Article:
In particular, Sen. Pat Leahy, on NBC’s Meet The Press and CNN’s Late Edition, was trying to butter up Bush, praising the fact that Bush called him on the phone the other day and planning a meeting with him and Sen. Harry Reid for Friday.
Now, some perfunctory politeness towards Bush is fine.
And laying down a nominal marker about consultation makes sense, because a failure to consult will give the Dems in the “Gang of 14” a plausible reason to filibuster under their agreement.
But there is no way, no how, that Bush names a consensus choice. So we have to prepare for the inevitable fight.
If people don’t get why we’re fighting it, and don’t believe we’re fighting it on their behalf, then we won’t win public opinion.
And making “consultation” our main talking point in this preliminary stage will not say anything to the public about why they should care.
The Blog Wire
Huffington Post's Lawrence O'Donnell: "If what I have reported is not true, if Karl Rove is not Matt Cooper’s source, Rove could prove that instantly by telling us what he told the grand jury. Nothing prevents him from doing that, except a good lawyer who is trying to keep him out of jail."
The Nation's Capital Games: "the Democrats and progressives may be placed in the position of having to oppose an experienced jurist whose opinions they do not like on policy grounds. They should fight such a nominee vigorously, and they should be upfront about their reasons ... they ought to argue that the Senate ought not to confirm a nominee who is likely to vote to curtail or eliminate abortion rights, to favor corporate polluters over consumers, or to restrict the federal government's ability to advance social justice. The 'extremist' strategy, I fear, is worn out and ineffective."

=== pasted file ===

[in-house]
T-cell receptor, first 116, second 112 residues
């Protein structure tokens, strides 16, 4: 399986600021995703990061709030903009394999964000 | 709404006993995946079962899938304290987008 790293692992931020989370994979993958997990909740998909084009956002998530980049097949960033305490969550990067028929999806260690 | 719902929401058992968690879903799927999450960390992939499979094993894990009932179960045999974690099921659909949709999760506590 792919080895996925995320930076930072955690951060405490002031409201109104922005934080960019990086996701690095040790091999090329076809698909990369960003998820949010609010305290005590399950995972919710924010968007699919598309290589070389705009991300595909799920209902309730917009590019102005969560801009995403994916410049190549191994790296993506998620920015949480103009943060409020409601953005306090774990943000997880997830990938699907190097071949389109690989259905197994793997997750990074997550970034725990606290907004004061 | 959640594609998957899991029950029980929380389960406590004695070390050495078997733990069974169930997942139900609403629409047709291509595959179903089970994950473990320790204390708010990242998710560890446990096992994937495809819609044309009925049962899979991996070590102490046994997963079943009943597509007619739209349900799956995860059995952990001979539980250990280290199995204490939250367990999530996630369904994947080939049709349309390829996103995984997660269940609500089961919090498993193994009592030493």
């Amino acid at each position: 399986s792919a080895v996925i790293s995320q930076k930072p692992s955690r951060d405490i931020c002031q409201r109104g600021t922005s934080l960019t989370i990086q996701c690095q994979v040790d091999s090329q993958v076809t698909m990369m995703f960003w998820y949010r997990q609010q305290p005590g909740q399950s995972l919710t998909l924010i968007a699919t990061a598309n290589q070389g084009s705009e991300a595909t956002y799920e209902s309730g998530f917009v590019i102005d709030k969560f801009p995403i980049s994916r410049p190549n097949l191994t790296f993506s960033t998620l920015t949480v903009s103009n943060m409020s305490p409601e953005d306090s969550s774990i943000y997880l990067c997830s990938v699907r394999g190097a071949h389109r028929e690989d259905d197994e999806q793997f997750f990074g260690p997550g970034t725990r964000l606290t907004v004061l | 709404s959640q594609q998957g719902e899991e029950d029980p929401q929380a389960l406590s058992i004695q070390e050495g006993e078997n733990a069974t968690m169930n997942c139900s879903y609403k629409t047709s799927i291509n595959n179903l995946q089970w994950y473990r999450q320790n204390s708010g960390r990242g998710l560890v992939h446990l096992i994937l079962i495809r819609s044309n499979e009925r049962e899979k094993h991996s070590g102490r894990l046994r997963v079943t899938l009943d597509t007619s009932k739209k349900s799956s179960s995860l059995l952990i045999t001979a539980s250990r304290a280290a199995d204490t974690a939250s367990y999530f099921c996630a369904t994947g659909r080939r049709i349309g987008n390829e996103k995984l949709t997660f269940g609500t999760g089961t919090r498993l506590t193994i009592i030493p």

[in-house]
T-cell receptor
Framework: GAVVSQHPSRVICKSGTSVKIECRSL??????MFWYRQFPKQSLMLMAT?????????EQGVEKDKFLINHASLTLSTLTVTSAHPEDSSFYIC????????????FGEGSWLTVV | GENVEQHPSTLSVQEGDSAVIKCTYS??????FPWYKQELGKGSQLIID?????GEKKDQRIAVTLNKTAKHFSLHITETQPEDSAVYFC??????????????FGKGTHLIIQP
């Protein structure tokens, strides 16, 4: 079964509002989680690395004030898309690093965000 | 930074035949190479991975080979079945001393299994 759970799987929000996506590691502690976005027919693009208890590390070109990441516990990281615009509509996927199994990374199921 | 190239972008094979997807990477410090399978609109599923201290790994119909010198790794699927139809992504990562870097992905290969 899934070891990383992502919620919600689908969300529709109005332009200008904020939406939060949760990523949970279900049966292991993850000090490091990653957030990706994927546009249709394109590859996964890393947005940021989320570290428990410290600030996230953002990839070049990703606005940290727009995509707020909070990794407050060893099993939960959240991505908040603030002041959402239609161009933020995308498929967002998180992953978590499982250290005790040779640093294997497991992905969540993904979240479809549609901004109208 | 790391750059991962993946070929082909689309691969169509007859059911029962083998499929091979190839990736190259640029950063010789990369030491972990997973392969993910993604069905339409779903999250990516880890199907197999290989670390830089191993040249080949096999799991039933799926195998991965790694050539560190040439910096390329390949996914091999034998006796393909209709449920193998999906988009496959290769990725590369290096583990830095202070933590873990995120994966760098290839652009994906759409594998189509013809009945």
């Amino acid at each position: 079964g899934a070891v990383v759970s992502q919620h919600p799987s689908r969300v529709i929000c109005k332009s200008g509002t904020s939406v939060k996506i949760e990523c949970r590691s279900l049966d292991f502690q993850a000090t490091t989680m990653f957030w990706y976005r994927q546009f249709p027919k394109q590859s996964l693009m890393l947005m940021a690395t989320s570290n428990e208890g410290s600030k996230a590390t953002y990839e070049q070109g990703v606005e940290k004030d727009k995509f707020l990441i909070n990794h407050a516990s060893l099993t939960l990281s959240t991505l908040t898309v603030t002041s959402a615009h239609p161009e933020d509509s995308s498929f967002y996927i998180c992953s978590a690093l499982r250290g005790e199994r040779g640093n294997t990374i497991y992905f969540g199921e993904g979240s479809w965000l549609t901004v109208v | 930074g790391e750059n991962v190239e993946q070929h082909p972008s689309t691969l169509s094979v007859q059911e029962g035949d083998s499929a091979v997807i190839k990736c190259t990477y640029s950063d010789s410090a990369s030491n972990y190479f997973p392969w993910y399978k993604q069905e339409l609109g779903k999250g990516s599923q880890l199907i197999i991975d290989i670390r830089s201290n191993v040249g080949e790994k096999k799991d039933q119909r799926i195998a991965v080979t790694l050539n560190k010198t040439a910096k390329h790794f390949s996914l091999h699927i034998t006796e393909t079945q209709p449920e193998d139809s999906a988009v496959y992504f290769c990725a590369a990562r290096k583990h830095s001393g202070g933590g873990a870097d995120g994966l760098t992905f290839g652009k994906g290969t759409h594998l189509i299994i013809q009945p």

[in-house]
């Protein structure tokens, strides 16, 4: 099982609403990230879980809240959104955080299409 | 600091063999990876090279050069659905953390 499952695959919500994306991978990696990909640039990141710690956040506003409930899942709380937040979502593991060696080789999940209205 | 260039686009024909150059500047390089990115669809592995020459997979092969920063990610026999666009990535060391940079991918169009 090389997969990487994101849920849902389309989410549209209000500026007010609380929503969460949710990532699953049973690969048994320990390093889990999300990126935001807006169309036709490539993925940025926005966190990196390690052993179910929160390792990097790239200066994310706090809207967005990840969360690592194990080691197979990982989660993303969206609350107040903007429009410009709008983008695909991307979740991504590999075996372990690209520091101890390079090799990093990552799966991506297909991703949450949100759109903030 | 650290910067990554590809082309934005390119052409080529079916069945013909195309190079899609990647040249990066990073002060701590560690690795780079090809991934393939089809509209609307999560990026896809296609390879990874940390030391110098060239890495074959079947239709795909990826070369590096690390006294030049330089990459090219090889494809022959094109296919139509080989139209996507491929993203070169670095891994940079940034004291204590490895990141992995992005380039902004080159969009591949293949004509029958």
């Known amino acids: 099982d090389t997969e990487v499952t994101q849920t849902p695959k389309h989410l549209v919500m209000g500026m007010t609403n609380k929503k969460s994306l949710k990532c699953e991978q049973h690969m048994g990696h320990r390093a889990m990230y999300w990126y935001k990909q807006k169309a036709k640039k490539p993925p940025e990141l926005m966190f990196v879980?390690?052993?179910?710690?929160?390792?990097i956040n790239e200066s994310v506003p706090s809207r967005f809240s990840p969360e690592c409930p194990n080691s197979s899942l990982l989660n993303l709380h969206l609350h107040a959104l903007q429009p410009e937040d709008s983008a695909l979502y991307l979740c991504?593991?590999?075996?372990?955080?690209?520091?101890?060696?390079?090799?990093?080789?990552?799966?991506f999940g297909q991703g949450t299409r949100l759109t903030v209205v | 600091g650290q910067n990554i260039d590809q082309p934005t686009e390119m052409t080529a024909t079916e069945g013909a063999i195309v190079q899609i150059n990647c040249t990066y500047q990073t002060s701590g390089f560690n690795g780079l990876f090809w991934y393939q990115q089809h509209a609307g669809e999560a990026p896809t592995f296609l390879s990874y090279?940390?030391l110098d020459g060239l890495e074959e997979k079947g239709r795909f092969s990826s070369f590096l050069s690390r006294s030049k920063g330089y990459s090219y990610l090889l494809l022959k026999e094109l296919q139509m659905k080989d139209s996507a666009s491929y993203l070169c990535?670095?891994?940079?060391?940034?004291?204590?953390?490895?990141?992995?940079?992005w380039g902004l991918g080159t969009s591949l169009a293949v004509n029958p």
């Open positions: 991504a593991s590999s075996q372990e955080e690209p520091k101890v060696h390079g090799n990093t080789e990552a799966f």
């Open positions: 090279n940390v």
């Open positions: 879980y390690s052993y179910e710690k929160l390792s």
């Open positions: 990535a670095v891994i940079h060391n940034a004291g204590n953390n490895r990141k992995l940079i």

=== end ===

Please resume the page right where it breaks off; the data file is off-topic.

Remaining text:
Nathan Newman: "The Supreme Court is the interpreter of legislative statutes and they can either enforce them strongly on behalf of the rights of middle class families or they can give corporations a free pass to loot pensions, poison the environment and violate their employees rights at work ... Let's remind people that only a few of the Supreme Court decisions are about hot-button social issues."
ACSBlog: What happens if more a conservative justice replaces Justice O'Connor?
Daily Kos: "Supreme Court: What You Can Do RIGHT NOW"
Sirotablog on the Rove strategy: "first nominate a wild-eyed lunatic ... either the lunatic gets appointed, or the lunatic loses, and then Bush puts up someone a shade less crazy - but equally as conservative - as the 'compromise.'"
Swing State Project posts a statement from PFAW: "With Justice O'Connor providing the swing vote on critical 5-4 decisions regarding privacy, reproductive rights, affirmative action, government neutrality toward religion, and more, we cannot overstate the profound impact her replacement could have on the direction of American law and society."
The Sideshow: "privatization is a way to make things more expensive, less efficient, and generally more of a rip-off. Today's example tells us how post-9/11 'security' went haywire once the administration decided to let the private sector handle it"
Informed Comment: "Taliban used some sort of rocket to shoot down a US helicopter in Afghanistan, killing all 17 servicemen aboard ... It is not clear if these are rocket propelled grenade strikes, which are difficult to pull off and therefore rare, or if Taliban and Iraqi guerrillas are getting hold of shoulder-fired missiles, which would be more dangerous to the US ... If the sophistication of the weaponry in Afghanistan and Iraq increases, it could signal a two-front, hard-fought war for the US."